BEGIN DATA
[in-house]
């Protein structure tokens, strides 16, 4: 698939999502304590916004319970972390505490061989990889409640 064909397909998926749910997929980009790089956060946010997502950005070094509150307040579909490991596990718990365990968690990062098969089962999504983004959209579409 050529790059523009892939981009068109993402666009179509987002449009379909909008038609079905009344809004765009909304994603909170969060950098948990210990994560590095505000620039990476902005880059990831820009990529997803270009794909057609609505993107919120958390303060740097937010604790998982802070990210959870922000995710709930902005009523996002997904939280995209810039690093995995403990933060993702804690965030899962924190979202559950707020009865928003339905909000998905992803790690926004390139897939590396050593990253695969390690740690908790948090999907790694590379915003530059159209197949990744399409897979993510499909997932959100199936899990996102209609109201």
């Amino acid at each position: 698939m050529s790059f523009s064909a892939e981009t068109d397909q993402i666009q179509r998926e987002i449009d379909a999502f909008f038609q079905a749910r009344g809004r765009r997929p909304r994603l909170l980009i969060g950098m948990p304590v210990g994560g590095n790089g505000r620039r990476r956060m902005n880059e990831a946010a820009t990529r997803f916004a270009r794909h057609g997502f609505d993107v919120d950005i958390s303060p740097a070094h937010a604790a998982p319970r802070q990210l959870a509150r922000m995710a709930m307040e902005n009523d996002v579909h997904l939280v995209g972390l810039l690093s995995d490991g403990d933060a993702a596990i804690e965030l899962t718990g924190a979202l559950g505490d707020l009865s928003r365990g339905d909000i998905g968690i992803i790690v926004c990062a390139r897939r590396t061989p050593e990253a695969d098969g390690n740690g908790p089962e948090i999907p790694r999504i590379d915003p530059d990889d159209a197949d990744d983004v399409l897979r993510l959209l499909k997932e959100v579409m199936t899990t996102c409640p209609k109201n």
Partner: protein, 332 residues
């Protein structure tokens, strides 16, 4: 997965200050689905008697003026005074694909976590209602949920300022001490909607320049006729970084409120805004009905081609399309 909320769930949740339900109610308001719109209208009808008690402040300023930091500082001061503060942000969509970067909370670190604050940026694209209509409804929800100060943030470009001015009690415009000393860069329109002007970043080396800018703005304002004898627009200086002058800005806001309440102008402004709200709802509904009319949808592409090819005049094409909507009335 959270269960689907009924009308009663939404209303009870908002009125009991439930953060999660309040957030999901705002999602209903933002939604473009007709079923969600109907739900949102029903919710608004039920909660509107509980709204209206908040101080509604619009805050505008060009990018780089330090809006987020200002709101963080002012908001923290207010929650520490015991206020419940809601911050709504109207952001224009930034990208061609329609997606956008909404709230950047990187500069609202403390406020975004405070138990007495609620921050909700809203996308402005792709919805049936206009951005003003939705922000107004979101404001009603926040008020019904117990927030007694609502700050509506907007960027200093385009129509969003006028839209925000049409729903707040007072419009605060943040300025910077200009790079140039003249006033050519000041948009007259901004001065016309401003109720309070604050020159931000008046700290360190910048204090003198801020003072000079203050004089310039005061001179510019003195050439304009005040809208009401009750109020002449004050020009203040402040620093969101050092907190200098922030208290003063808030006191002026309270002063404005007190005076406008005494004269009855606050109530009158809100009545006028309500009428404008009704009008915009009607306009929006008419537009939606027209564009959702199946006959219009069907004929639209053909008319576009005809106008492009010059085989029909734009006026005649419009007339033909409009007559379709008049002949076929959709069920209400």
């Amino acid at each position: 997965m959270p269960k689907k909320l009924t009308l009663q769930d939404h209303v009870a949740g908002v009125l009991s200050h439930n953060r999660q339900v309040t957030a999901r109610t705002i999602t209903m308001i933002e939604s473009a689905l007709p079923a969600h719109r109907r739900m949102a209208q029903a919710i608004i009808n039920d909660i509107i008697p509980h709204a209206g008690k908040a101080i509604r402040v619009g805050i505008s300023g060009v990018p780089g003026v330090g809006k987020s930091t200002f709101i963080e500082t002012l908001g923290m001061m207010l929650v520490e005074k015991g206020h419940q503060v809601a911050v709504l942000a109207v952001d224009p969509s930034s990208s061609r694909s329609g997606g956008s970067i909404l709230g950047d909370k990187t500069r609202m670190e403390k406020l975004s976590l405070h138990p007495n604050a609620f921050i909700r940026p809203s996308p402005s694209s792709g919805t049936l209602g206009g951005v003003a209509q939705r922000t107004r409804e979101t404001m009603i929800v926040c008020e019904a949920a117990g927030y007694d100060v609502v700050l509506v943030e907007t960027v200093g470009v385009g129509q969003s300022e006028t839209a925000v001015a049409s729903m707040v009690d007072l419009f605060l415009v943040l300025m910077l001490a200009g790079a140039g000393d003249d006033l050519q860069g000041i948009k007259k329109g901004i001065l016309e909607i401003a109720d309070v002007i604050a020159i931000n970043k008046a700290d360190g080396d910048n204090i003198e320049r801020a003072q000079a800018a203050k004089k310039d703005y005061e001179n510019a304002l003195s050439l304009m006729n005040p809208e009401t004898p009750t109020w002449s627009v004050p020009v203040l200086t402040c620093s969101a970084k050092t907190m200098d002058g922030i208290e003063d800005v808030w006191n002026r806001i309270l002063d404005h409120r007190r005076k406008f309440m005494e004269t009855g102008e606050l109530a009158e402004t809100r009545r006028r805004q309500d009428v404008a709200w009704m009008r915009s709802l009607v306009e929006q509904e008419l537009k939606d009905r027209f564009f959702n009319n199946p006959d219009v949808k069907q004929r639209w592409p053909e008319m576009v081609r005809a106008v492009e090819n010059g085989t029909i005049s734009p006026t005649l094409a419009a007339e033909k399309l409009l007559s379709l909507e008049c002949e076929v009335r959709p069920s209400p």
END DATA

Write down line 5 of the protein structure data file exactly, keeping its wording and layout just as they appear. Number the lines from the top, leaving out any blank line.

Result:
């Protein structure tokens, strides 16, 4: 997965200050689905008697003026005074694909976590209602949920300022001490909607320049006729970084409120805004009905081609399309 909320769930949740339900109610308001719109209208009808008690402040300023930091500082001061503060942000969509970067909370670190604050940026694209209509409804929800100060943030470009001015009690415009000393860069329109002007970043080396800018703005304002004898627009200086002058800005806001309440102008402004709200709802509904009319949808592409090819005049094409909507009335 959270269960689907009924009308009663939404209303009870908002009125009991439930953060999660309040957030999901705002999602209903933002939604473009007709079923969600109907739900949102029903919710608004039920909660509107509980709204209206908040101080509604619009805050505008060009990018780089330090809006987020200002709101963080002012908001923290207010929650520490015991206020419940809601911050709504109207952001224009930034990208061609329609997606956008909404709230950047990187500069609202403390406020975004405070138990007495609620921050909700809203996308402005792709919805049936206009951005003003939705922000107004979101404001009603926040008020019904117990927030007694609502700050509506907007960027200093385009129509969003006028839209925000049409729903707040007072419009605060943040300025910077200009790079140039003249006033050519000041948009007259901004001065016309401003109720309070604050020159931000008046700290360190910048204090003198801020003072000079203050004089310039005061001179510019003195050439304009005040809208009401009750109020002449004050020009203040402040620093969101050092907190200098922030208290003063808030006191002026309270002063404005007190005076406008005494004269009855606050109530009158809100009545006028309500009428404008009704009008915009009607306009929006008419537009939606027209564009959702199946006959219009069907004929639209053909008319576009005809106008492009010059085989029909734009006026005649419009007339033909409009007559379709008049002949076929959709069920209400």